Once Hung and I were in the water, I took the wrist strap from his wrist and attached it to my own wrist and then Hung handed me the kite. The movement/pull of the kite felt strange at first (since I had not had a session in some time, and because I hadn’t flown a kite much, I guess I forgot what the movement felt like). For the first fifteen minutes or so of the session, I just flew the kite and again got used to the feeling of the kite. I began to feel a bit chilled in the water (not moving much) so I decided to try and get the board on my feet. I hung onto the kite steering rod with my left hand, and started to pull my board towards me. Everytime that I began to pull the board towards me with my right hand, I would pull down with the left hand and the kite would destabilize and began to dive to the left. So I would have to let go of the line to the board, and restabilize my kite in the air. When I finally did get my board pulled up to me (the waves were strong, and it kept floating away from me), I started to put my left foot in the footstrap first and when I got my right foot in the footstrap my kite destabilized again!! When my attention changed to the kite instead of the board, my board flipped upside down and my feet came out of the footstraps.

The second time that I got into the water and started flying the kite, I went back to the same task of learning not to pull down with my left hand when flying the kite with one hand (when trying to get onto the board). Then, I think that I heard Hung say something. Peripherally, I saw another kitesurfer coming towards my kite at quite a fast speed (he was up on his board). I tried to change the direction of my kite so that we would not collide, but this wasn’t working so I let go of the steering rod to let the kite float down towards the water. I watched as the other kitesurfer kept coming towards my kite at full speed, and I didn’t know what else to do. All of a sudden, I got yanked underwater by my wriststrap and I was getting pulled so fast that I couldn’t get my head out of the water to breathe. I was swallowing a lot of water. I wanted to reach with my right hand to get the wriststrap off of the left wrist; I can’t remember if I tried to or not (it all happened so fast, and I can just remember bits of what I was thinking at the time). I could not get the wriststrap off; I couldn’t do anything but let myself get pulled and keep trying to get air. Finally, the pulling stopped and I was able to come up (gasping) for air. "F…!!!" was the first word out of my mouth when my head came out of the water (I am glad my instructor was far enough away that he would not hear this!). I asked the other kitesurfer if he was okay, and Hung told me to start rolling up the kitestrings. It looked like the middle string was broken, but I just kept wrapping it up with the other line. I asked the other kitesurfer if his lines were broken, and double-checked to see if he was okay (healthwise) before I got out of the water with my instructor to fix the strings on our kite. I was cold and shaken up after this little collision, and decided to stay out of the water for the rest of the day. I decided to watch my instructor go out for a run on the water – getting up on the board looks so easy for him!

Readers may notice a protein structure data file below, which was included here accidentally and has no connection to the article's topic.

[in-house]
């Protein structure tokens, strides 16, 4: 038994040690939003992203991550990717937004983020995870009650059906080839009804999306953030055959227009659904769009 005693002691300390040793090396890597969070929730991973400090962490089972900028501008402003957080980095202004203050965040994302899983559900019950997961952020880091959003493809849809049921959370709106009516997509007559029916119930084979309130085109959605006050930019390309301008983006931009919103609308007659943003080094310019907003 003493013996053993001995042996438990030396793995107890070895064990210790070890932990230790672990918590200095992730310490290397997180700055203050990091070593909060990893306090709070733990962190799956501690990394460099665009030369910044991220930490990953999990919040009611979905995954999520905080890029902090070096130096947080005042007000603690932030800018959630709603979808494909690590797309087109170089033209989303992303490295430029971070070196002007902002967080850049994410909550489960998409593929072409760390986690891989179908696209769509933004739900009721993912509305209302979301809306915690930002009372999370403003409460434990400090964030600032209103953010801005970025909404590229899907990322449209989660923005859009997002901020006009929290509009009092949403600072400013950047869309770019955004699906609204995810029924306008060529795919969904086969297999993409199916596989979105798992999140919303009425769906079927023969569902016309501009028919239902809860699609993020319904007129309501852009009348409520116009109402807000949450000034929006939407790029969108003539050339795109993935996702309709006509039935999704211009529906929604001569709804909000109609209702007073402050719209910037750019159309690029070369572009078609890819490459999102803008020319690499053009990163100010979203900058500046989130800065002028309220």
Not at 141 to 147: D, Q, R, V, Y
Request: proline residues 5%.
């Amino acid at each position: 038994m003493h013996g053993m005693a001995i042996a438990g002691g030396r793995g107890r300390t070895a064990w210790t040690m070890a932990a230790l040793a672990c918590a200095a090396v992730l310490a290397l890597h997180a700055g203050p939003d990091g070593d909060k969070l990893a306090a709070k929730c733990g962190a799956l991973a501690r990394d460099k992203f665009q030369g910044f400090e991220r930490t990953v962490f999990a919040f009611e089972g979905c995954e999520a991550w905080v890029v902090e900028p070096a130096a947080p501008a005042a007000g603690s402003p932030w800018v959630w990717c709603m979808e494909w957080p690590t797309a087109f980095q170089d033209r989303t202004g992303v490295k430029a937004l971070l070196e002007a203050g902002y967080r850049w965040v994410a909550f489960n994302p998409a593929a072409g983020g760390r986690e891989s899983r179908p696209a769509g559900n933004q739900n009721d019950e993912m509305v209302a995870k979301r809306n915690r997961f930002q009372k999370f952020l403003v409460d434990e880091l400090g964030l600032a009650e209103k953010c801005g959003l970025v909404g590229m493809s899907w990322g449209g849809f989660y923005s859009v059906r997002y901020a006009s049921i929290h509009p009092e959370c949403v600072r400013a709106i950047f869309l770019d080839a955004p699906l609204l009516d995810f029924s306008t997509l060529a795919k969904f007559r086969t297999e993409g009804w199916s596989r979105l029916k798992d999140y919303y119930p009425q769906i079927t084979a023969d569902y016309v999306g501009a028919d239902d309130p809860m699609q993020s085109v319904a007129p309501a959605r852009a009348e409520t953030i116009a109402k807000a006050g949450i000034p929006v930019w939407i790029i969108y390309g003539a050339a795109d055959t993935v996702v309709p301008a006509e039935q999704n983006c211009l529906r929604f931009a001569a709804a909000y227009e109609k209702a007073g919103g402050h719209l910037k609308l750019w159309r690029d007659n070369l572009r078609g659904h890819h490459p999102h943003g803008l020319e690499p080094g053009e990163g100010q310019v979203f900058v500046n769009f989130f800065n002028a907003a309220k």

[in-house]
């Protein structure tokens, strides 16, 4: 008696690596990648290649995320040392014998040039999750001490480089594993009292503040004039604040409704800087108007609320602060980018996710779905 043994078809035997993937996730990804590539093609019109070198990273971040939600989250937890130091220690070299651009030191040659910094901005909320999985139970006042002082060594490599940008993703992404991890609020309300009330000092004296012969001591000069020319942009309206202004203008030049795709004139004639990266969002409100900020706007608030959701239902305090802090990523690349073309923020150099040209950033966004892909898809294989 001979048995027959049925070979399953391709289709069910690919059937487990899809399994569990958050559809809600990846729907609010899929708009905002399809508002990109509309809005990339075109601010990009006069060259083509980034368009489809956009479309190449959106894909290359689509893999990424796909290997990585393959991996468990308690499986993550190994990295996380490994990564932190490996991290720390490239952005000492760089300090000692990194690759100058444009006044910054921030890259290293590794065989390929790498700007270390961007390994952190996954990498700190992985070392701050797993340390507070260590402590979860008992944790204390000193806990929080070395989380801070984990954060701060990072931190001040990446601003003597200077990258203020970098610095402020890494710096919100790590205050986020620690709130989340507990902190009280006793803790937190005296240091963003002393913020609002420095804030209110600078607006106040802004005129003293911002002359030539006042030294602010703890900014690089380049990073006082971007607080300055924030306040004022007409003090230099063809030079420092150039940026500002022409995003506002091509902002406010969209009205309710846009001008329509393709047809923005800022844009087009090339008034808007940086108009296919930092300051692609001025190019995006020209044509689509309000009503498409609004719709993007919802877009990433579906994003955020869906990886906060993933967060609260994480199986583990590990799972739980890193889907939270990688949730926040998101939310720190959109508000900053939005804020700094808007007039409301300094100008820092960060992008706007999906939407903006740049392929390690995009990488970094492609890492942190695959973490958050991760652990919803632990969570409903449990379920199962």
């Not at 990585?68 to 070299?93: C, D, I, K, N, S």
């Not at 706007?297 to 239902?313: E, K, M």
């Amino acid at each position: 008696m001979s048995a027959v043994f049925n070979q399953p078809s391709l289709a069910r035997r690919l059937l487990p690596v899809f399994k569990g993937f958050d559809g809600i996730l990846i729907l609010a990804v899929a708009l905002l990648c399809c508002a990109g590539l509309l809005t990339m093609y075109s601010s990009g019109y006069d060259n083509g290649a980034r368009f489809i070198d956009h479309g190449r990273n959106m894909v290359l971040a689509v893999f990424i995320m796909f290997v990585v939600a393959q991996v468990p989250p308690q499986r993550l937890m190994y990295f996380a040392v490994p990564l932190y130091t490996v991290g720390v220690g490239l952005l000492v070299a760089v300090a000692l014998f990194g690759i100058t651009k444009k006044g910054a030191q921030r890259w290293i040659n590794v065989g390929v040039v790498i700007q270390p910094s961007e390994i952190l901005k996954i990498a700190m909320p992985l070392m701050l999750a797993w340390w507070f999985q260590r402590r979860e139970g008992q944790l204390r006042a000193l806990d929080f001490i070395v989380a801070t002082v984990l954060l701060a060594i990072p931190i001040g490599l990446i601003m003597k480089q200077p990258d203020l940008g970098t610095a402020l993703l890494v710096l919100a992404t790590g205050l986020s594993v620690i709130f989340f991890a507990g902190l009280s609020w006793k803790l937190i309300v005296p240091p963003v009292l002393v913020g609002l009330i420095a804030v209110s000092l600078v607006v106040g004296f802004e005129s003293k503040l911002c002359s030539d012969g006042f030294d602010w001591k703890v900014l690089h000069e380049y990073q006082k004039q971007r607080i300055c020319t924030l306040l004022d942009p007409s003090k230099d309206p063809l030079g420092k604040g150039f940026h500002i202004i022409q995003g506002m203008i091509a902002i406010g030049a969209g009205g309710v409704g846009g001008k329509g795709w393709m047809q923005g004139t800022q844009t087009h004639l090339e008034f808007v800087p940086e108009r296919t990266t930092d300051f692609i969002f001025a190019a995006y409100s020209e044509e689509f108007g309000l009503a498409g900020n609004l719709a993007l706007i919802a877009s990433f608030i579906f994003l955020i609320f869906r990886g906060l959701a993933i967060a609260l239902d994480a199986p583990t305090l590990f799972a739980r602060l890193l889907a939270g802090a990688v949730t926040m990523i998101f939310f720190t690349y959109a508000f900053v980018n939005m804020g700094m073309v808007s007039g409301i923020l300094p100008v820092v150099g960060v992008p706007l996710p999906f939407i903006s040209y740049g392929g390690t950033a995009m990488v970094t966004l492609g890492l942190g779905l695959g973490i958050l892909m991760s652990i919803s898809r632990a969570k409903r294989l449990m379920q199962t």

Hung later emphasized a focus on body posture, and how he had to ‘lean back’ – I will practice flying a kite and ‘leaning back’ with my body this winter in kiteskiing (so that I can utilize this knowledge next year when I get back in the water). I would also like to learn a board-sport this winter (to work on my balance). My body was very tired the next day, and my hands were aching and moving very slowly, so I will have to get in better physical shape before getting in the water next year (swimming, skating, yoga and weight-training this winter!!). I love this sport – it is very challenging!! (smile!).